• Energy
  • Climate, Environment & Health
  • Production


Researchers of KIT are developing a process for the cost-effective production and scaling of thermoelectric generators (TEGs) to convert heat into electricity and thus contribute to the energy transition.

Potential, problem, project - the three P's of TEGs

Waste heat is an unintentional by-product of many everyday processes: In combined heat and power plants, through district heating, in data centers or biogas plants, to name just a few examples. Engines and machines also emit heat. Electrical energy is converted into thermal energy in these processes. "Most of the energy used every day is released as thermal energy. Energy consumption in the EU amounts to around 17,000 terawatt hours per year. If we were to use just one percent of this, we could generate 170 terawatt hours of electricity from waste heat and thus cover around one third of the total annual electricity demand in Germany," says Prof. Dr. Uli Lemmer, Head of the Light Technology Institute (LTI) at KIT, demonstrating the enormous potential of generating electricity from waste heat. The basis for this would be thermoelectric generators, as they can generate electricity from unused heat by means of the thermoelectric effect using positive and negative semiconductors. The problem: their production is too complex. "Thousands of semiconductors are placed next to each other piece by piece by machine. This makes production expensive and the widespread use of TEGs has been impossible up to now," says Lemmer, describing the problem. The research work in the project "Origami inspired thermoelectric generators by printing and folding" (ORTHOGONAL for short) aims to change this.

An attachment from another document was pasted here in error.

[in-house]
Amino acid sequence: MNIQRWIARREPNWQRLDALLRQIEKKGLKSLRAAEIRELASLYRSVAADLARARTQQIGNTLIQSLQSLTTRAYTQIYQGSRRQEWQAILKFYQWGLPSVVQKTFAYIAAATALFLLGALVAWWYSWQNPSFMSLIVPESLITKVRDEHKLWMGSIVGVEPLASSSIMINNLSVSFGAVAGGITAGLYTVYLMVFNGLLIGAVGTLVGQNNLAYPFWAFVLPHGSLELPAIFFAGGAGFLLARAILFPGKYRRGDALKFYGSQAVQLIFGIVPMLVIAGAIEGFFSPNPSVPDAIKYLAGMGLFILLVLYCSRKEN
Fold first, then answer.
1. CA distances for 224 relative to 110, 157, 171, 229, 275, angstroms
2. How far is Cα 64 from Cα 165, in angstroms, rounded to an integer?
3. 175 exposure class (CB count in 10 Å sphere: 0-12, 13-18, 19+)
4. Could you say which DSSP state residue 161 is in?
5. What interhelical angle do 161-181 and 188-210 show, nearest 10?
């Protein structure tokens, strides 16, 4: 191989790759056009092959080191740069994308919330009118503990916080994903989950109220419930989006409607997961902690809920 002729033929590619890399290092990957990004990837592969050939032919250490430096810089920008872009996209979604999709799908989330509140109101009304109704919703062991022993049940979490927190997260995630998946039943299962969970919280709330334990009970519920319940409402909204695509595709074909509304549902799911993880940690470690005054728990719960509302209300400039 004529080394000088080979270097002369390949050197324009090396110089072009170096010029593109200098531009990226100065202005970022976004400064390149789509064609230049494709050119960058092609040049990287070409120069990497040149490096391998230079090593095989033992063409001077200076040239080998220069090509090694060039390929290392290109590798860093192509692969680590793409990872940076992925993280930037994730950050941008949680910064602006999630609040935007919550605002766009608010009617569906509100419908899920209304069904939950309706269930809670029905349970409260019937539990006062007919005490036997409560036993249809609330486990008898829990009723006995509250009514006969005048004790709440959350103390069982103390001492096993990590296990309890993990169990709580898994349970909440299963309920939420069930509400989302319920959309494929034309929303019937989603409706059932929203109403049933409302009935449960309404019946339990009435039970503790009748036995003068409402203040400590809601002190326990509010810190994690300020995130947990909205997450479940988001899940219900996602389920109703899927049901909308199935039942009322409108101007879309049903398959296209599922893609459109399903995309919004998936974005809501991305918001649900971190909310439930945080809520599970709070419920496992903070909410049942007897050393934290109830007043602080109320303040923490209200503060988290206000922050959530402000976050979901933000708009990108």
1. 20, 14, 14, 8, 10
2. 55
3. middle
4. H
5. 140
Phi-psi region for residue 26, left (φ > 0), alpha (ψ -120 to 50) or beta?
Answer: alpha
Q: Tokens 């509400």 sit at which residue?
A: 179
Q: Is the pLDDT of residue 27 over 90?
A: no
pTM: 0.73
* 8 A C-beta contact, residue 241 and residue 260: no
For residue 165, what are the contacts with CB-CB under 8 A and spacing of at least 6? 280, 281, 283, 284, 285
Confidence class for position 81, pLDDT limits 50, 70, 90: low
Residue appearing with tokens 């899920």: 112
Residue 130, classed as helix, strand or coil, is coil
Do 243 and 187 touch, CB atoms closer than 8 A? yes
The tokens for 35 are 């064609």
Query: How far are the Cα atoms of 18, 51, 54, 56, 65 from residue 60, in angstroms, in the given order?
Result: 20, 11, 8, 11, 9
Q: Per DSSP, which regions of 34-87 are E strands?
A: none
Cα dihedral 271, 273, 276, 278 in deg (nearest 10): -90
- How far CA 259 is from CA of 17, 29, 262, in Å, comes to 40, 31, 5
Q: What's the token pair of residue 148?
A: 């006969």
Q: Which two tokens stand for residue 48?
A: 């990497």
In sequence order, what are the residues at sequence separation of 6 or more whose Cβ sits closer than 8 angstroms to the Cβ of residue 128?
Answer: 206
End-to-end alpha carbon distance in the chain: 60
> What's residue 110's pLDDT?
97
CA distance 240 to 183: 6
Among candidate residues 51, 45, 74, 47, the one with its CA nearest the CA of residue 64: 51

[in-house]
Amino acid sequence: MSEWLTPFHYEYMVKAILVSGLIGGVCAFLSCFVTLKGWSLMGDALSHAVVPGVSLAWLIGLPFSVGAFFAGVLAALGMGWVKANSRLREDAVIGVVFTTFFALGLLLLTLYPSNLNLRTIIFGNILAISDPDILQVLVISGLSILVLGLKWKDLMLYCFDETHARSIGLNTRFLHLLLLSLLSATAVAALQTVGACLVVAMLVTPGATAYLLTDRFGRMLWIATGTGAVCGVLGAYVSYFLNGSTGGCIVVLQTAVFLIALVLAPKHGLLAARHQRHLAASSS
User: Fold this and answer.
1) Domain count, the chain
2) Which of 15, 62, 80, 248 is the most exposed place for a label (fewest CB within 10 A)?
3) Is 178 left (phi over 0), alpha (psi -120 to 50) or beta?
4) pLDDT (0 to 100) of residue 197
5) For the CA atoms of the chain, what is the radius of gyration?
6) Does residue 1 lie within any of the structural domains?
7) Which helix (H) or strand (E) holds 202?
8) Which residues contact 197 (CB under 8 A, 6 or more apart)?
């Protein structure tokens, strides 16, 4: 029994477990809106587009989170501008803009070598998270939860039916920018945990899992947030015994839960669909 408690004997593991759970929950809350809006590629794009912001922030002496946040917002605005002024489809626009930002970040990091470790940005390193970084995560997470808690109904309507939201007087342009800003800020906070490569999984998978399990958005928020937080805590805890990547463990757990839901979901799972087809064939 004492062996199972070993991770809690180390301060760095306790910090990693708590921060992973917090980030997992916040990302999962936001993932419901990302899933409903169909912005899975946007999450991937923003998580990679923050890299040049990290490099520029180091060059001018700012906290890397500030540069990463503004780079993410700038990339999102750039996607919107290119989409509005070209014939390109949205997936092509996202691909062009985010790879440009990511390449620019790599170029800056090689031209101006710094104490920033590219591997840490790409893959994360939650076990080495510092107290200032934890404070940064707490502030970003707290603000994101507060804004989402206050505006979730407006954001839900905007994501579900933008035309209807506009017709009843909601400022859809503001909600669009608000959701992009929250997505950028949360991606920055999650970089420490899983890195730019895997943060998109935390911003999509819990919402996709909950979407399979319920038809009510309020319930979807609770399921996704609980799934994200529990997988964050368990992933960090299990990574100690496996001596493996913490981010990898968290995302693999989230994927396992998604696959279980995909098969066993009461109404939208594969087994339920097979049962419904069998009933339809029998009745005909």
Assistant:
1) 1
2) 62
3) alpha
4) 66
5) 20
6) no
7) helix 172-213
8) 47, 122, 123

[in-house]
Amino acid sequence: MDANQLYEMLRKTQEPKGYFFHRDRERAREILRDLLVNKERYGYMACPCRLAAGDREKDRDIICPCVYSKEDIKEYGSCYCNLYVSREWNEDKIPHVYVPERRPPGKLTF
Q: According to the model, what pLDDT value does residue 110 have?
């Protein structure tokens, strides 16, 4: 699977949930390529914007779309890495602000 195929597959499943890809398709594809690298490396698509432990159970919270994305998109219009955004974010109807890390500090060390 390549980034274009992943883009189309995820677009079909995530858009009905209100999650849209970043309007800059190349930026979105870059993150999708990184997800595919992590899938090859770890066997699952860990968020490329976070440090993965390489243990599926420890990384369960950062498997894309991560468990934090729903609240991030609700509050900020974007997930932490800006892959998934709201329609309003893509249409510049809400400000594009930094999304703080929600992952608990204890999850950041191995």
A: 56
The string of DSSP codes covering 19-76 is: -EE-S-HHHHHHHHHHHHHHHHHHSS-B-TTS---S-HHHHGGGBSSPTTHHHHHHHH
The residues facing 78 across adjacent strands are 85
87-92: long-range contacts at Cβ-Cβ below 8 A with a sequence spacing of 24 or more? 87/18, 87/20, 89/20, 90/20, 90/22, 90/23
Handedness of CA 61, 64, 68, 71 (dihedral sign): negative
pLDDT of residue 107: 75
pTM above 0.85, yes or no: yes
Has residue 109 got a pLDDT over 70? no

Researcher pushes a printing plate into the printing machine.
The ORTHOGONAL project is concerned with the production of TEGs by 2D printing with subsequent 3D folding. The researchers have intensively analyzed and further developed the printing process in recent years. (Image: KIT)

Thermoelectrics meets Japanese folding art

A fundamental milestone that the researchers at the LTI have developed and which also forms the basis of the project is 2D printing with subsequent 3D folding. "We have done a lot of research in the field of thermoelectrics in recent years, including analyzing and further developing the printing process. The materials we use are a decisive step forward in the cost-effective and flexible production of TEGs," explains Lemmer. "Dr. Mofasser Mallick, a research associate at the Light Technology Institute (LTI), convinced us that it makes more sense to work with inorganic rather than organic materials. We combined his knowledge of classic thermoelectrics with our printing techniques," continues Lemmer. The result is the use of highly efficient inorganic nano-composite materials for printed electronics. The researchers ground up classic thermoelectric materials, processed the pulverized nanoparticles into printable inks using screen printing, applied them to ultra-thin substrates, fused them and cured them using photonic sintering. Inspired by the Japanese art of origami, they then mechanically folded the resulting 2D film into the desired 3D geometry.



Understanding and scaling the thermoelectric art